October 22, 2018 | ° F

Special interest groups should not control agenda


Commentary


Gov. Chris Christie wasn’t the only big winner in last Tuesday’s election. The unprecedented rise of special interest spending in our democracy is the real “elephant in the room.”

Empowered by recent Supreme Court rulings, special interests on both ends of the political spectrum are spending record-breaking amounts to sway elections at every level of government. This flood of Big Money is drowning out the voices of ordinary voters like us and blocking progress on the issues we care about, whether it’s the rising cost of college, lack of access to affordable health care or global warming.

In 2010, the U.S. Supreme Court’s ruling in Citizens United v. Federal Elections Commission lifted limits on what outside spending groups — super PACs and other non-profit groups that, technically, can’t coordinate with political candidates or their campaigns — can spend in our elections. Not surprisingly, the 2012 elections became the most expensive in history.

Special interests spent more than $1 billion last year – more than triple the amount they spent in 2008. And in New Jersey, outside spending is reaching astronomical levels as well: special interests spent over $35 million dollars to influence the outcome of the gubernatorial and state legislative races, compared to the previous high of $14 million in 2009.

The Supreme Court has super-sized the influence of billionaire mega-donors while marginalizing the interests of everyday Americans, no matter what their political affiliation. After all, it’s not students like us who are payrolling the super PACs — Research by New Jersey Public Interest Research Group and D?mos has shown that more than 93 percent of super PAC fundraising came from contributions of $10,000 or more, while nearly 60 percent of super PAC fundraising came from just 159 donors giving at least $1 million.

And what’s even worse: this Big Money system has given tremendous power to out-of-state groups looking to influence New Jersey politics. In the Garden State, more than 99 percent of non-candidate, non-party money spent in the 2012 House and Senate races came from out-of-state groups, most of which were super PACs. How can the issues we care about get the attention they deserve when out-of-state groups dominate elections that should be decided by New Jersey voters?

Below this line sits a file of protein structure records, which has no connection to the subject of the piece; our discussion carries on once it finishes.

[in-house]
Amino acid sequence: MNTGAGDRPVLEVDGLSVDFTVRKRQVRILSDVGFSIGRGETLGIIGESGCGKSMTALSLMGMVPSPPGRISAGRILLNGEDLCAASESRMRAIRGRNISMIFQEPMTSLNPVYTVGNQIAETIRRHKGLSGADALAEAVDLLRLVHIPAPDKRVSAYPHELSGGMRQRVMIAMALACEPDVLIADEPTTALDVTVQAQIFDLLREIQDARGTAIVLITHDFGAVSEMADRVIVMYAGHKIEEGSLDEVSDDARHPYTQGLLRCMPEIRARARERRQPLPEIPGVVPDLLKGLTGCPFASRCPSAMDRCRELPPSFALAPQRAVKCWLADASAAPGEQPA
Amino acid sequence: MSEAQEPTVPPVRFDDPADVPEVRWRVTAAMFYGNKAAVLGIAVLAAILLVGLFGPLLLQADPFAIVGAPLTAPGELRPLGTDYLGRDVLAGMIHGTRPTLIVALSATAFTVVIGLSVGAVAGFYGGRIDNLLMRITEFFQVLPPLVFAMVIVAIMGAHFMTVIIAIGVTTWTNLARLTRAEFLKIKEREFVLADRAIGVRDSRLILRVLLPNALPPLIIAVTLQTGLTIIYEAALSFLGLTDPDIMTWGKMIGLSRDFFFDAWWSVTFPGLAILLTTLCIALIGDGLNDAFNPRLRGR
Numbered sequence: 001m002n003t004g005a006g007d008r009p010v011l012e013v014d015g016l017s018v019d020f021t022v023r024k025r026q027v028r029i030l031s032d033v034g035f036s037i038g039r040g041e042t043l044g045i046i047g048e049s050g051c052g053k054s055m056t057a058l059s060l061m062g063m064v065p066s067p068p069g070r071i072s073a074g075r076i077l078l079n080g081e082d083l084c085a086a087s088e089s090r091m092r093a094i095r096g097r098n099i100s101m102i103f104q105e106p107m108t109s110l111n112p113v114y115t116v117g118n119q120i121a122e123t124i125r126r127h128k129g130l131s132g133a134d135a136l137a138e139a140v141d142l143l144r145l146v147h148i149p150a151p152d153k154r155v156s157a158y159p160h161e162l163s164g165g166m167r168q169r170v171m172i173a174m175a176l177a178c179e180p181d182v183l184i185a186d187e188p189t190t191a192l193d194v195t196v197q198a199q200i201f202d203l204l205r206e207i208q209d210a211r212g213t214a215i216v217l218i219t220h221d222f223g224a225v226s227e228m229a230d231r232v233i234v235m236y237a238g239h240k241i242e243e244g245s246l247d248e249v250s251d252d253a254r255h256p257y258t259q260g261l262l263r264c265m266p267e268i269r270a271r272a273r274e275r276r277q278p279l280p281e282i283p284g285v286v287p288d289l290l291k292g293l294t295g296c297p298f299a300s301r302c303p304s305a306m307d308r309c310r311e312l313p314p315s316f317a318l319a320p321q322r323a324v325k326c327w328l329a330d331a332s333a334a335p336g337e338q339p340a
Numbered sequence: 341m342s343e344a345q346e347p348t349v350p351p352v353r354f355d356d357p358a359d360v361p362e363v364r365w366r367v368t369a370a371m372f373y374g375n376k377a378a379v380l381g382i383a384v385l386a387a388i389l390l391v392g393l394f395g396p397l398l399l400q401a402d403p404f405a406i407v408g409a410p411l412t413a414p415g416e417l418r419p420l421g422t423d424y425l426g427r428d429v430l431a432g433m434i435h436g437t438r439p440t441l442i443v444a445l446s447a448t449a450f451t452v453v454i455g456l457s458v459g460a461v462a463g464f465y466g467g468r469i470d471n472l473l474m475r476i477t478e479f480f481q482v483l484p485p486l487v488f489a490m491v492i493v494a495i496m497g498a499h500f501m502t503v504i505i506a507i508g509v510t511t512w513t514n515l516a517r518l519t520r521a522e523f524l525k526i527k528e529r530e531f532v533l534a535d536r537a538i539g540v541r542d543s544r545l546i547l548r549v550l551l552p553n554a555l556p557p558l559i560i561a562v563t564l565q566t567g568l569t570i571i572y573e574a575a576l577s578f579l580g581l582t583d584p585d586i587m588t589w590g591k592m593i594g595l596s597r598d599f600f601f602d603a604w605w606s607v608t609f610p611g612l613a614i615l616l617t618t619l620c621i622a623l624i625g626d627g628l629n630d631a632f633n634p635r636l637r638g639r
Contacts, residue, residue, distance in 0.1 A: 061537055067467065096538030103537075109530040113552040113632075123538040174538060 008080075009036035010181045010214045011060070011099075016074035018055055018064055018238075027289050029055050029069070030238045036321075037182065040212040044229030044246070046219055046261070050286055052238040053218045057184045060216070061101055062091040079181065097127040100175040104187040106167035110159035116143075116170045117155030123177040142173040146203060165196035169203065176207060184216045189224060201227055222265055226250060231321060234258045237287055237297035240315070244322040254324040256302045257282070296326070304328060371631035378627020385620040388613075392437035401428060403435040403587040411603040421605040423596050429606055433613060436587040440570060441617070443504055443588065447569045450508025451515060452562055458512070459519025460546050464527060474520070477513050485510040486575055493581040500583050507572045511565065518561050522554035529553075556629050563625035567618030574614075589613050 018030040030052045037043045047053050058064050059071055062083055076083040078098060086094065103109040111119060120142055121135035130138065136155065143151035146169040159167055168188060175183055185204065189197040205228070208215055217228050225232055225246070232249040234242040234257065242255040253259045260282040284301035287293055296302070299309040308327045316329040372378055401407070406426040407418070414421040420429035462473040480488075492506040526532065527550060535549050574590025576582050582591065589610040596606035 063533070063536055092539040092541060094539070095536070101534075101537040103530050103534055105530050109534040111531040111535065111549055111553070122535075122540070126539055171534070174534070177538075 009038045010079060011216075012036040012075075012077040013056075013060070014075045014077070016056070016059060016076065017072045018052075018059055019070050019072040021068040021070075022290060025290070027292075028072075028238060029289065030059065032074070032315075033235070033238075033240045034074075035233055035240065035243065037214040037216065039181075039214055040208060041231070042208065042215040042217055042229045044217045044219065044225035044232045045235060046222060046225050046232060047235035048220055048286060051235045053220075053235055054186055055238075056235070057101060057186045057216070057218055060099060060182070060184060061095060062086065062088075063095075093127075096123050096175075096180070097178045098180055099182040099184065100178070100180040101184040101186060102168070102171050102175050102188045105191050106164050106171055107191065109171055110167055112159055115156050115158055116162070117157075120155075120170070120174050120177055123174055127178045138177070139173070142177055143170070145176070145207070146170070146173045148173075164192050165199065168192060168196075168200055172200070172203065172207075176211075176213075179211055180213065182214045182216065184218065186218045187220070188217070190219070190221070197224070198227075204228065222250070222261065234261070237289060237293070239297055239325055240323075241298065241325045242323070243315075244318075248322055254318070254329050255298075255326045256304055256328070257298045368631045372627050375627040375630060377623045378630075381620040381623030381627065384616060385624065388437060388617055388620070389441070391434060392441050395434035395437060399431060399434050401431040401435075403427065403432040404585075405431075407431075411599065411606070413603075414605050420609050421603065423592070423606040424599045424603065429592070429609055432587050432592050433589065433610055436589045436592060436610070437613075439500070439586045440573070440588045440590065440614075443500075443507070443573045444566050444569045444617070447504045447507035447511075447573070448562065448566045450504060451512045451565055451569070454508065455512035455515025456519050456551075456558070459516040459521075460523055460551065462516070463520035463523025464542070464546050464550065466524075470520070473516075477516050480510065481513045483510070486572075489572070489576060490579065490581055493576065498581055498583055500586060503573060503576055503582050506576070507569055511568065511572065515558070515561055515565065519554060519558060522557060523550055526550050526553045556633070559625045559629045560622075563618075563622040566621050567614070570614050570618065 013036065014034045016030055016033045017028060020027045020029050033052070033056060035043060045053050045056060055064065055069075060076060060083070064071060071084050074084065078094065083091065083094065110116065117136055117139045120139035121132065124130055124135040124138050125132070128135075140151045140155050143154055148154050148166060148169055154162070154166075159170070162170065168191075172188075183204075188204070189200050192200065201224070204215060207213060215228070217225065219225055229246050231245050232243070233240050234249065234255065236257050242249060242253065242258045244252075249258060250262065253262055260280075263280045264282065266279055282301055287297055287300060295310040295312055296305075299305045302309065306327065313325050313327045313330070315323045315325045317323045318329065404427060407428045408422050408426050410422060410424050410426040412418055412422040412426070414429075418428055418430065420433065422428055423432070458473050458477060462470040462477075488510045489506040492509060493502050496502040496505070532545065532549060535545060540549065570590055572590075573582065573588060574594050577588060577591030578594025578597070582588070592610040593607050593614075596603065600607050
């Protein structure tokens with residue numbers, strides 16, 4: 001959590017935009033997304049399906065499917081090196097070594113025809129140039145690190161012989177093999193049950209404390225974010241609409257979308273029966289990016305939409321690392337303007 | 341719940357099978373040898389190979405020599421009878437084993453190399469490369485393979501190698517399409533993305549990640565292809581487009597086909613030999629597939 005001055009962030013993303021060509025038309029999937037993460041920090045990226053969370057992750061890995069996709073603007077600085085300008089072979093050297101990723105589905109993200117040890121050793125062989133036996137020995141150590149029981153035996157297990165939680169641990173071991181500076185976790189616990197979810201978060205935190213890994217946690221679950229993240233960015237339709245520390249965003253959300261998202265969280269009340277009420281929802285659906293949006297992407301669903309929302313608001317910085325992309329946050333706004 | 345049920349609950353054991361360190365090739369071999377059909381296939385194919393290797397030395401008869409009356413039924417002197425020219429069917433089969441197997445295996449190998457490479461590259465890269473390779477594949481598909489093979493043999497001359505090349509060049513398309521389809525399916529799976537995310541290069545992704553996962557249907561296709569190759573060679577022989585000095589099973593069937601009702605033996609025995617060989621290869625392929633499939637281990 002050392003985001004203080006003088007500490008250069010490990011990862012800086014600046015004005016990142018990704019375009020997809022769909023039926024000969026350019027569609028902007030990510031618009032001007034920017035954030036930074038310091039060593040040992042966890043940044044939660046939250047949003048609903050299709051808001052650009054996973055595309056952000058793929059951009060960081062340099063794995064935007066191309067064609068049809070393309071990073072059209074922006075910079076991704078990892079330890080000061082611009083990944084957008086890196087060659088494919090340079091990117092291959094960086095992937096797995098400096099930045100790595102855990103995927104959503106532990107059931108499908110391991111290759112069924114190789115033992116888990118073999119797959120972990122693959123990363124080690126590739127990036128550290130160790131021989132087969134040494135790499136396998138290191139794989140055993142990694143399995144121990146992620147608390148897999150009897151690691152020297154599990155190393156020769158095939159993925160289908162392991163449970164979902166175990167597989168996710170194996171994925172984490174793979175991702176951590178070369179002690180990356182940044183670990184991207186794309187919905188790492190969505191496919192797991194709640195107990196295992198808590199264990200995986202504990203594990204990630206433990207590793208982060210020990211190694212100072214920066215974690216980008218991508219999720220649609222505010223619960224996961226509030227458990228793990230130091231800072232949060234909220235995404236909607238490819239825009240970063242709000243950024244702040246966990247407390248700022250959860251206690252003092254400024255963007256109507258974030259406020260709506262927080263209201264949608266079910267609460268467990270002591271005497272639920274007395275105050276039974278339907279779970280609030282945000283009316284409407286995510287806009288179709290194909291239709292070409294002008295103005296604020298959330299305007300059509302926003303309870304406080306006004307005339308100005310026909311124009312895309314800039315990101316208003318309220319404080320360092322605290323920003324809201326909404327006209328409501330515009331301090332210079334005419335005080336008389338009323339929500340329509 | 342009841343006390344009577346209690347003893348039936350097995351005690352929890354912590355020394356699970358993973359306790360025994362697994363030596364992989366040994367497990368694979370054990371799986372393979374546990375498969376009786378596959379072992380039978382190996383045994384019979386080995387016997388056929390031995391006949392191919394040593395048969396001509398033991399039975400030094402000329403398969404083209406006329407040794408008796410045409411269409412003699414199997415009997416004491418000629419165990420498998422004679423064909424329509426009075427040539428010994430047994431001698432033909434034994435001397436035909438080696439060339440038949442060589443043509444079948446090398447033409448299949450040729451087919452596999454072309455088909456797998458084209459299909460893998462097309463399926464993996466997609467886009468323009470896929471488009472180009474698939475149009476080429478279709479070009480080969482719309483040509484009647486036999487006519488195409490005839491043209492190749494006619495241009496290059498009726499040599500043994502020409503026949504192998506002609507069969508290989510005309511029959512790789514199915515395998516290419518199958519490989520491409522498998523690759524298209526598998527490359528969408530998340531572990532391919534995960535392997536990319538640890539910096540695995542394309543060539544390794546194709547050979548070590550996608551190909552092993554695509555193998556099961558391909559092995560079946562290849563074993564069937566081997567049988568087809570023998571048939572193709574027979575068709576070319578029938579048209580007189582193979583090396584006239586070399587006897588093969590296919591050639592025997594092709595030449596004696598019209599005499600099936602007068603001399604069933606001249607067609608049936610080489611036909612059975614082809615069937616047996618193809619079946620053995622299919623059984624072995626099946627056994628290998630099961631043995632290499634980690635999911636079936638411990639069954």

Enough is enough. The vast majority of Americans, including students, think that the super PAC campaign system created by Citizens United has to go. The 2012 presidential race and New Jersey’s state contests this fall serve as a reminder for just how urgently need legislative reforms to stop our elections from going to the highest bidder.

NJPIRG students’ activism already got the State Senate and Assembly, the City of Newark and Essex County, among others, to pass resolutions calling on Congress to overturn Citizens United. With grassroots pressure growing, New Jerseyans are sending a clear message to Washington: Big Money has no place in government of, by and for the People.

Nick Jermer is a Rutgers Business School sophomore majoring in accounting and NJPIRG student chapter chair. Anna Barcy is a School of Arts and Sciences junior majoring in in Latin American studies and comparative literature and a Busch Campus Representative for the Rutgers University Student Assembly.


By Nick Jermer and Anna Barcy

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